Initially, the russ celebration were for the upper class, elite population and their children only.  In 1905 only 300 students graduated and completed their exams, while today over 40,000 high school students graduate.

Image from wikimedia of the russ celebration in the 1940s:

Russefeiring i Trondheim 17. mai / Avgangselever ved Katedralsko

The russ culture has always been dominated by the idea of breaking with society’s norms and rules.  It’s when young adults get a ‘carte blanche’ in many ways to act out, be a little crazy and do things out of the ordinary.

While the tradition is present both in Denmark and in Sweden, the Norwegian celebration is definitely unique and much grander than in their neighboring countries.

Customarily students dress in red overalls,  make up new names for themselves based on their individual personalities, group together to buy red vans they drive around in during this period,  make their own “business cards” they hand out to younger kids and others,  gather at big events throughout the country, party and stay out late or all night during the entire month of May (and then some),  create and organize a comedic play they act out on stage and invite friends and family to attend, put together a special newspaper with articles and description of each student that will be published and sold on May 17th, come up with special rules and ‘dares’ to accomplish to collect items in the tassels of their hats corresponding with their deeds, and so forth…

Speaking of the latter, a lot of these dares and rules historically involved a lot of alcohol related ‘tasks’, some of which potentially were really dangerous so they have been cracked down on . Other rules have involved illegal actions, hence they have garnered a lot of criticism in the press and among people.   A few examples include:

  • drink 24 bottles of beer in 24 hours (you get a beer cap in your tassle)
  • drink a bottle of wine in 30 minutes (you get a wine cork in your tassle)
  • run naked down the street
  • walk into a store and ask for condoms without speaking
  • stay awake for 24 hours without sleeping
  • go swimming in the ocean before May 1st (you get an ice cream pin)
  • stand up every 5 minutes during class at school and yell “cheers!”
  • walk around for an entire day wearing loaves of bread for shoes
  • sit in class wearing only underwear for an entire hour
  • make out with a freshman in high school
  • spend the night in a teacher’s yard or hallway/entrance

Plus a lot of other rules that may or may not offend the reader… ha!  There is also a group of students who elect to be “kristen russ” (i.e Christian russ), who don’t participate in drinking alcohol or sexual games.  They are often referred to as “krussen”.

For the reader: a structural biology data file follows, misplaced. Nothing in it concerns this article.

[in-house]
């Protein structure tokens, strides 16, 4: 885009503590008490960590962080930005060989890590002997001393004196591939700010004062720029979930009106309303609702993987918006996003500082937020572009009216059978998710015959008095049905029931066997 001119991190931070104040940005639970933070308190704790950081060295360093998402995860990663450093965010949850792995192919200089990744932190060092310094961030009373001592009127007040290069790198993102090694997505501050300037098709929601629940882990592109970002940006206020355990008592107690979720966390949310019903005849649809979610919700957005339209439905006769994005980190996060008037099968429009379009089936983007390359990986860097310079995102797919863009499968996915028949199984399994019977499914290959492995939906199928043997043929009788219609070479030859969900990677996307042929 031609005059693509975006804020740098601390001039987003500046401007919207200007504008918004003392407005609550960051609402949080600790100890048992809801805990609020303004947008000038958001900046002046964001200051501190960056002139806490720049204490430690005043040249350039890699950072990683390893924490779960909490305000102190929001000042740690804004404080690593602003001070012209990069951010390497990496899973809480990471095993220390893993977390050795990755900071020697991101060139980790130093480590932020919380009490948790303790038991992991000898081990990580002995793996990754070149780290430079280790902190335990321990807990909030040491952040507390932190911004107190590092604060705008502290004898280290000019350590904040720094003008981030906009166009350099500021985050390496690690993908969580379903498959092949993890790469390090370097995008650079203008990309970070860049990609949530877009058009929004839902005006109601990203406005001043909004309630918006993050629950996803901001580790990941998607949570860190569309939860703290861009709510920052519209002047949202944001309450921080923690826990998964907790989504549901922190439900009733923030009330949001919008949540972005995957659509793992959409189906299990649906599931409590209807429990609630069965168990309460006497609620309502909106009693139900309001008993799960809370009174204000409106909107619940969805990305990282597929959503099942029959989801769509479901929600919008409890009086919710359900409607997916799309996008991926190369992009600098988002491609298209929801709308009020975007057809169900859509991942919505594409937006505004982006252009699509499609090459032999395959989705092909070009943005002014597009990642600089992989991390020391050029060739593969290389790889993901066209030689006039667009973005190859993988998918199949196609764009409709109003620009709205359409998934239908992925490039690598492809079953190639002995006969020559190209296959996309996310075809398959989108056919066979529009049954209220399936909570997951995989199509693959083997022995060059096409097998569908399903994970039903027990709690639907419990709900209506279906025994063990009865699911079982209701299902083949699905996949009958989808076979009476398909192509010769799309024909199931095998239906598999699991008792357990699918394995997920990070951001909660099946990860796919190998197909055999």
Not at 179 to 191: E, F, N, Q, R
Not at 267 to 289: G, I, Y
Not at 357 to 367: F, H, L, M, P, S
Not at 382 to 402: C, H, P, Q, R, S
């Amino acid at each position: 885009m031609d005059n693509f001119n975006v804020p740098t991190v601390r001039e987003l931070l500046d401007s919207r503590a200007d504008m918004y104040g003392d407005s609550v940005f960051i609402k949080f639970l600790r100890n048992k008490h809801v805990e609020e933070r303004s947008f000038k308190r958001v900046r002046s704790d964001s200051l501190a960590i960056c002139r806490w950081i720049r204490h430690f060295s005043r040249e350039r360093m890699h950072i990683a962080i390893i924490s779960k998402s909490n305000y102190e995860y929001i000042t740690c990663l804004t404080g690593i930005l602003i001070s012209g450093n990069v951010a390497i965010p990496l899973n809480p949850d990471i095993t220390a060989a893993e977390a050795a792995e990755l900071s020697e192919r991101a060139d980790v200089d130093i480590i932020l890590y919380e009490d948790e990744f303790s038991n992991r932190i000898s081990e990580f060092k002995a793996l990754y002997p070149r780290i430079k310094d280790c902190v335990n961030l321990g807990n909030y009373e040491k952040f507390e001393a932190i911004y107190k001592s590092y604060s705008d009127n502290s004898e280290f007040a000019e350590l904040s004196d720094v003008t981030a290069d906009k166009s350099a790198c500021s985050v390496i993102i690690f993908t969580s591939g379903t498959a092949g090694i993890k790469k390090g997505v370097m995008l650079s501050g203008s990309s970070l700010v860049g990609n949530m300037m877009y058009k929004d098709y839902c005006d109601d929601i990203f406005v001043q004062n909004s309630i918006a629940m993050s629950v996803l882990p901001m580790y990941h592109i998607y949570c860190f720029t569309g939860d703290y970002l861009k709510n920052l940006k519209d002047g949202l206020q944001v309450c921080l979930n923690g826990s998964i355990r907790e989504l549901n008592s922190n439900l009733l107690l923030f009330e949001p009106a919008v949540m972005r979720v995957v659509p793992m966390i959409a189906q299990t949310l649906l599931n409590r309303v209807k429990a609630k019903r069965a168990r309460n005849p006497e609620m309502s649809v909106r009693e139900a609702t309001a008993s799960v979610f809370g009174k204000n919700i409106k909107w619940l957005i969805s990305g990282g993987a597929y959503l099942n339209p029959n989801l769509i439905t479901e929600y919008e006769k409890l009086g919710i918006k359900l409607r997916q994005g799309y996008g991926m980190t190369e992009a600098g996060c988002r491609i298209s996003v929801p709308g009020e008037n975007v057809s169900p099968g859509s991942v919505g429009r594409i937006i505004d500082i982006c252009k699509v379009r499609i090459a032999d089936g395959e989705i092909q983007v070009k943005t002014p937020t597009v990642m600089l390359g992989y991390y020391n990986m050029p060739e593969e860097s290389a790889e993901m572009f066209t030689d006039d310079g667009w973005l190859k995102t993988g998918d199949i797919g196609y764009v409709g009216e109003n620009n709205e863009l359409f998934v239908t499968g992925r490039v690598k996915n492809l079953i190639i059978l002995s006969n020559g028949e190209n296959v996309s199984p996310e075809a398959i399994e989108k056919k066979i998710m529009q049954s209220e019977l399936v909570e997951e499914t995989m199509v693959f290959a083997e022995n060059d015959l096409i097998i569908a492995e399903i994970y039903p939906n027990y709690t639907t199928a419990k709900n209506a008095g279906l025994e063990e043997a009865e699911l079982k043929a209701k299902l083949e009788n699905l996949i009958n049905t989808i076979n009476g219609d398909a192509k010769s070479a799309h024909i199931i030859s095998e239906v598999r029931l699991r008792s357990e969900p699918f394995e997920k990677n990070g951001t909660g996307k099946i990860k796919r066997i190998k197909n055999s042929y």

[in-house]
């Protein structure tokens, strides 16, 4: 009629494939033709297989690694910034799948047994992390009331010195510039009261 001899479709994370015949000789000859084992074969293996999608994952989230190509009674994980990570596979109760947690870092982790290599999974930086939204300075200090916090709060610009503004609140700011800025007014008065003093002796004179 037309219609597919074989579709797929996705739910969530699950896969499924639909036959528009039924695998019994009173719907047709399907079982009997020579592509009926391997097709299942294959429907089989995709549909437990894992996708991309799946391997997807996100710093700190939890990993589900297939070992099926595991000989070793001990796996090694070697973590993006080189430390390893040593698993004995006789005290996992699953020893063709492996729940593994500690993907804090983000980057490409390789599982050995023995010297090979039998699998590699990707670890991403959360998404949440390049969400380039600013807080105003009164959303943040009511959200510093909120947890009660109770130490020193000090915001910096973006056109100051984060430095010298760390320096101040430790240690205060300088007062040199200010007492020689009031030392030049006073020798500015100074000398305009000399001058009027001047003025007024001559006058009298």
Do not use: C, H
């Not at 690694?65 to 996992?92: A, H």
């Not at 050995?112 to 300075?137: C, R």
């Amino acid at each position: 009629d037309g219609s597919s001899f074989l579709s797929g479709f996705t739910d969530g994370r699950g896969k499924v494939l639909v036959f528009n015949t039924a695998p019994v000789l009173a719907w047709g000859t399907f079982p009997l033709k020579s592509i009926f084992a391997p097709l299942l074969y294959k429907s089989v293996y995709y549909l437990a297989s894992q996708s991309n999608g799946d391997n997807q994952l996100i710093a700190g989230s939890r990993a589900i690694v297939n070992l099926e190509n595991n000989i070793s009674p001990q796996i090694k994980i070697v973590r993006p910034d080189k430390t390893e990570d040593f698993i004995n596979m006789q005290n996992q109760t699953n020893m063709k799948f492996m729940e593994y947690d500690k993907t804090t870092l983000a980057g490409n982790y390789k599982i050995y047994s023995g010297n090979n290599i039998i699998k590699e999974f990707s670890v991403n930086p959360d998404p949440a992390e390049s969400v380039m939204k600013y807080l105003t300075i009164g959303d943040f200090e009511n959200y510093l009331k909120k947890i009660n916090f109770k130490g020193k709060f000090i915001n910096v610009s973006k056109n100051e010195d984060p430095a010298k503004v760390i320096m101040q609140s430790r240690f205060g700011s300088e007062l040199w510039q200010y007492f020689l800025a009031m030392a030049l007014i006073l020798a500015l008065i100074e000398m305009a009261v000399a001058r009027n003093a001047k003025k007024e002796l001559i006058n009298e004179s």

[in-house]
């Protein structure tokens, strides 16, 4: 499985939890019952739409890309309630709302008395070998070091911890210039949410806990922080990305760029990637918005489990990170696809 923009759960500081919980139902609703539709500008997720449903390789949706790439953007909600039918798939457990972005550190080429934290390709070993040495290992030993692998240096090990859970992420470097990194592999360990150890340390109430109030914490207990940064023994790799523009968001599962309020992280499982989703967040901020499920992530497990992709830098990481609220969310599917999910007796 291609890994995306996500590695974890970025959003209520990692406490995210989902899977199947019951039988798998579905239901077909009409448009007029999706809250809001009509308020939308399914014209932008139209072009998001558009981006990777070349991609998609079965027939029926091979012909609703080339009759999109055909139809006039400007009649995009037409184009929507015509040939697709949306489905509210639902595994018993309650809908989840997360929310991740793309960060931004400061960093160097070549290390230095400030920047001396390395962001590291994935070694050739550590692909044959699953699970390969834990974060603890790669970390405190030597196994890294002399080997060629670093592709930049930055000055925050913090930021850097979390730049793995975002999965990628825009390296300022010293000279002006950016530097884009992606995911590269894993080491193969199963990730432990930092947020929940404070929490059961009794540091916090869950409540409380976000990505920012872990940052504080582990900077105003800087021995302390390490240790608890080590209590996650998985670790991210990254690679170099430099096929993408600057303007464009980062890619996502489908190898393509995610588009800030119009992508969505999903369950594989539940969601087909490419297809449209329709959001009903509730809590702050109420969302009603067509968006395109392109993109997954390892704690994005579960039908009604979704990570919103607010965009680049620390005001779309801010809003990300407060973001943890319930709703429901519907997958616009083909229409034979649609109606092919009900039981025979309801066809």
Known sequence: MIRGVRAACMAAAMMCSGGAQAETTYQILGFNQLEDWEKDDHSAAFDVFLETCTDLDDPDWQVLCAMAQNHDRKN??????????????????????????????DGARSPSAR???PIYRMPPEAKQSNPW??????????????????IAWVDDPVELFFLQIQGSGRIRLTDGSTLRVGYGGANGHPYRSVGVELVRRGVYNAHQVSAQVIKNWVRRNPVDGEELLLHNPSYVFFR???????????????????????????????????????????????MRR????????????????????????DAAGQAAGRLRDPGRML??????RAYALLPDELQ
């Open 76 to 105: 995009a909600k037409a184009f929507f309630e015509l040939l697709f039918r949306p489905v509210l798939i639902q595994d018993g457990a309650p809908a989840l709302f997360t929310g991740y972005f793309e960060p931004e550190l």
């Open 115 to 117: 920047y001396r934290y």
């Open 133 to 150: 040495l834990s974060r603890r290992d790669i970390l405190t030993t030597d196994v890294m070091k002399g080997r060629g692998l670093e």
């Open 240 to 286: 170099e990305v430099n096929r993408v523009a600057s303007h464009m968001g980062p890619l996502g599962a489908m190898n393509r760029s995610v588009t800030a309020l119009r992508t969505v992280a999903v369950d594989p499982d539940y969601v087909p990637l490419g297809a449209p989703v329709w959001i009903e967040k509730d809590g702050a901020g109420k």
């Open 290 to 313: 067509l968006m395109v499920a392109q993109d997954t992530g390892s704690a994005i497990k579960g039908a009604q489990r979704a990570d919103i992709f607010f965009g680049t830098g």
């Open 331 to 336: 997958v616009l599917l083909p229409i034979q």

Why does alcohol have such a prevalent part of the russ celebration?

During the early 1900s ,the children of the elite would protest against the temperance movement  by drinking publicly during the 17th of May celebration. Even then the russ were obsessed with breaking society’s rules.  Today, alcohol is still an important part of the festivities;  it creates community and fun among students,  and serves as an ‘excuse’ to experiment with your identity, social relations and cultural boundaries.  The act of drinking is also a visible symbol of removing yourself from the label as a child and student to entering adulthood.

The russe period very much signifies the transition from child to adult, much like a confirmation.  The beginning of the celebration begins with a baptism; where each ‘russ’ student is baptized and given a new name, and removes all outer characteristics such as individual clothing and style, and replaces it with the overall and cap.   The students then move into a phase where everything is legal and rules are there to be broken.

Oh, and each year the russ have an official song.  You can listen to this year’s song HERE.

Here is a photo of one of the earliest russe vans:

russebilgammel

(Photo from dagsavisen.no)

And here is how it has evolved, this is from the 1980s:

russebil

Shops and businesses will sponsor the students’ vans if they get their names and details listed on the cars, which is a great way to pay for the van. Today the buses can be a whole lot bigger and more luxurious, here’s a snap of what one may look like inside:

russebilinne

(Photo from midtsiden.no)

So what about the very peculiar clothing?

The russe cap was first introduced in 1905, when red graduation caps were worn by graduates of higher schooling in Kristiania.  The hats were initially only worn by boys, who again were inspired by German students who wore red caps when visiting Norway in 1904.   The overalls and buses/vans didn’t arrive until the 1970s and today are highly influenced by clothing manufacturers and commercial equipment companies.

Why overalls?

It was meant to show solidarity with the workers, symbolic of the radical times in the 70s. The students will wear their overalls and caps every single day for the month of May until graduation, which happens right after May 17th, which officially marks the end of the celebration.

Now doesn’t this sound a whole lot more fun than stressing over getting a date and buying the perfect dress /gift for prom??  Comment below and let me know what you think!

 

Norway’s obsession with licorice

If you’ve ever been, or go to Norway – you are bound to see an unusually  wide variety of salty licorice candy in stores across the country.  Norwegians’ love for this not so sweet candy is very strong, and other Scandinavian countries like Sweden and Finland (the Finns refer to it as ‘salmiakki’), share our taste for licorice. In fact, I hear many Scandinavians who move to the United States, complain that some of what they miss the most, is their dear licorice, as if it’s an important food group and vital for their happiness!